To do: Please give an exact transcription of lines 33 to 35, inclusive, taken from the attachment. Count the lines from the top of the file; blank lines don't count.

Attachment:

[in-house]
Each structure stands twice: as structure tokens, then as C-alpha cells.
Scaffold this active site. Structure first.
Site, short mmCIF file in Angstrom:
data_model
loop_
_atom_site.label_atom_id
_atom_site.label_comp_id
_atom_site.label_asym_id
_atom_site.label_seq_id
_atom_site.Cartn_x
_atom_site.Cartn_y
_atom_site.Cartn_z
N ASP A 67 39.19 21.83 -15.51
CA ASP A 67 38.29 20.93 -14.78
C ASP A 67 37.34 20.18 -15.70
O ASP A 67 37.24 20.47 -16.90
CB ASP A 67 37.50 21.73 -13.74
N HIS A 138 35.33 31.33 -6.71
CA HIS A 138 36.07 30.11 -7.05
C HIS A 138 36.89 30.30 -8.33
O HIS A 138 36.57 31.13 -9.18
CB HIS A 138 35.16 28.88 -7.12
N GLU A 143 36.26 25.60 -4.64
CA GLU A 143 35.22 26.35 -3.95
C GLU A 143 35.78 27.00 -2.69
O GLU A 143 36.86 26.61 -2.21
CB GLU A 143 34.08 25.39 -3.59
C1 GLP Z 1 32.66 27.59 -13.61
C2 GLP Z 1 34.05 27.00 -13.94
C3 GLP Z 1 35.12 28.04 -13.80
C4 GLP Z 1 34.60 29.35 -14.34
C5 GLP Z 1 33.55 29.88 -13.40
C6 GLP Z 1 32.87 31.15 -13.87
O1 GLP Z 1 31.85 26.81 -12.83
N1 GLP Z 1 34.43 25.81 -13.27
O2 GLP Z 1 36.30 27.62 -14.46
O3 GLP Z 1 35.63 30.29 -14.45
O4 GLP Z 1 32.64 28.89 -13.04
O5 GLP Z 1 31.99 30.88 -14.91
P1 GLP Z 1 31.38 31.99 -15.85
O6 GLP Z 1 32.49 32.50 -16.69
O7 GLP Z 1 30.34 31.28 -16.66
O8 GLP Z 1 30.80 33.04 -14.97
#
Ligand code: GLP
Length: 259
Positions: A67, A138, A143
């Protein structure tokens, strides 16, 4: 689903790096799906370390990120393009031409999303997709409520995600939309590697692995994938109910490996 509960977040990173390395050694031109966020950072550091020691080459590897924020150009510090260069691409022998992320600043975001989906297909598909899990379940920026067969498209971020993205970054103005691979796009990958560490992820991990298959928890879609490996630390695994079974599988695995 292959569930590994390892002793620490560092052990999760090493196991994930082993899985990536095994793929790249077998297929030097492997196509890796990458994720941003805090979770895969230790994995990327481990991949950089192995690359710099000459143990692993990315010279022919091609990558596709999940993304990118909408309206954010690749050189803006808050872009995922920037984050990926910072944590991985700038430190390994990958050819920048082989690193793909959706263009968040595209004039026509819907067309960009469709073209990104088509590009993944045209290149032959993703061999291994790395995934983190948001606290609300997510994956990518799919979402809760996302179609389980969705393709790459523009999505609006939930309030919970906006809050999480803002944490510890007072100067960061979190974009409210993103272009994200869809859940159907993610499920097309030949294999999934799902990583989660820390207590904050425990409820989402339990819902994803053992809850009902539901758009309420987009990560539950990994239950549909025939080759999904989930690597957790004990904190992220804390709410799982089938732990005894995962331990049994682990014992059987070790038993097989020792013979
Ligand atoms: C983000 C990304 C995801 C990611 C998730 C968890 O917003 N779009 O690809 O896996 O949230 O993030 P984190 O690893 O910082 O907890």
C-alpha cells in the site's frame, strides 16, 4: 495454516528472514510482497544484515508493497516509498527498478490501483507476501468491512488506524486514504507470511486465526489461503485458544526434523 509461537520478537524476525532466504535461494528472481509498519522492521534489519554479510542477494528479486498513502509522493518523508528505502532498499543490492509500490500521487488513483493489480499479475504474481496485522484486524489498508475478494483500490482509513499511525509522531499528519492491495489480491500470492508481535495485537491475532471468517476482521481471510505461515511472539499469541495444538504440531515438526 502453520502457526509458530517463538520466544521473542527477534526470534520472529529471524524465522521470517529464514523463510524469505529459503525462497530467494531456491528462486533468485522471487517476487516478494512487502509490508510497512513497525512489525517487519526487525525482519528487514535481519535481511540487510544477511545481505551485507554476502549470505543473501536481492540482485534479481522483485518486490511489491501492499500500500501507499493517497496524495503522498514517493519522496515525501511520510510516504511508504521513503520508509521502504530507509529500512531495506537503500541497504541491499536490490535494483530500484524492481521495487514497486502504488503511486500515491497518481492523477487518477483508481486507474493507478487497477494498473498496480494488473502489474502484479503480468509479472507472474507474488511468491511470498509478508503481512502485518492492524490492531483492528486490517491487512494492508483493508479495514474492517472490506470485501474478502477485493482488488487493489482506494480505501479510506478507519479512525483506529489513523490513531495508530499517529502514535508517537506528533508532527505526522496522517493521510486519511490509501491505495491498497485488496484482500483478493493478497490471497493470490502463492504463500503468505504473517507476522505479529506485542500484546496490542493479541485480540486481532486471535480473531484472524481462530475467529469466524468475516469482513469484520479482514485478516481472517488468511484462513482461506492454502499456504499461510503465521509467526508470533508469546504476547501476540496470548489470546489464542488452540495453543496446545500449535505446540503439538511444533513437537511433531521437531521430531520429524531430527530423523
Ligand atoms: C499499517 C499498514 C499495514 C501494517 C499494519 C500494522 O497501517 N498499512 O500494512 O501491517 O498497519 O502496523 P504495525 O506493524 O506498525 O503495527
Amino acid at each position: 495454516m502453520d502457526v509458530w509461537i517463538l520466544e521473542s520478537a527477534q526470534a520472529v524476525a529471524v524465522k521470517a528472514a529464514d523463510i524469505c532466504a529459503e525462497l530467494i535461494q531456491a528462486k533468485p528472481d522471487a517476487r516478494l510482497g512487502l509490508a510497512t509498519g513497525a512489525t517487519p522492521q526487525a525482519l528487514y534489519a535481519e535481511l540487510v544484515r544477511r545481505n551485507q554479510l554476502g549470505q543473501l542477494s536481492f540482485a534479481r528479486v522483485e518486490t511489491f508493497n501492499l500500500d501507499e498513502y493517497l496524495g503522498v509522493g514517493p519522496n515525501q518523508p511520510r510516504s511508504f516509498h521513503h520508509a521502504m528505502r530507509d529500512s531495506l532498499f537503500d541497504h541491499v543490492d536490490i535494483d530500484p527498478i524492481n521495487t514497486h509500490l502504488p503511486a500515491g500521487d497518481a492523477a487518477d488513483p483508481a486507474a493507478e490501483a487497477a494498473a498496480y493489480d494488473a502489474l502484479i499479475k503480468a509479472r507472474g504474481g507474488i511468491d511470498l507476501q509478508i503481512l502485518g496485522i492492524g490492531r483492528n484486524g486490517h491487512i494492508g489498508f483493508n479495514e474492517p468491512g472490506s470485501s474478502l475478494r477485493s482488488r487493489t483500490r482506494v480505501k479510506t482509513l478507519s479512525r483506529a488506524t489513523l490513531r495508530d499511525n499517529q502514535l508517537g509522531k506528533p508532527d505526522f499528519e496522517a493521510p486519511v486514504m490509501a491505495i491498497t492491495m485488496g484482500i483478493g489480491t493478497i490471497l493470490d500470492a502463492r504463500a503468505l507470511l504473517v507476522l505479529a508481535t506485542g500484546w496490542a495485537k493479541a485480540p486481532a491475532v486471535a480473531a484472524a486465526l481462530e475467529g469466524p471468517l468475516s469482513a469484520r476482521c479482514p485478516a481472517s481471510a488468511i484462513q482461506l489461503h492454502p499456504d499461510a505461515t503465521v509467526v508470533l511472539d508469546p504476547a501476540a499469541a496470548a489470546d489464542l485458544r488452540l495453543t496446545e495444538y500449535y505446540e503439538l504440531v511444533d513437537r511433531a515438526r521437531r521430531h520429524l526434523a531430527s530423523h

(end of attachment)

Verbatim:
C5 GLP Z 1 33.55 29.88 -13.40
C6 GLP Z 1 32.87 31.15 -13.87
O1 GLP Z 1 31.85 26.81 -12.83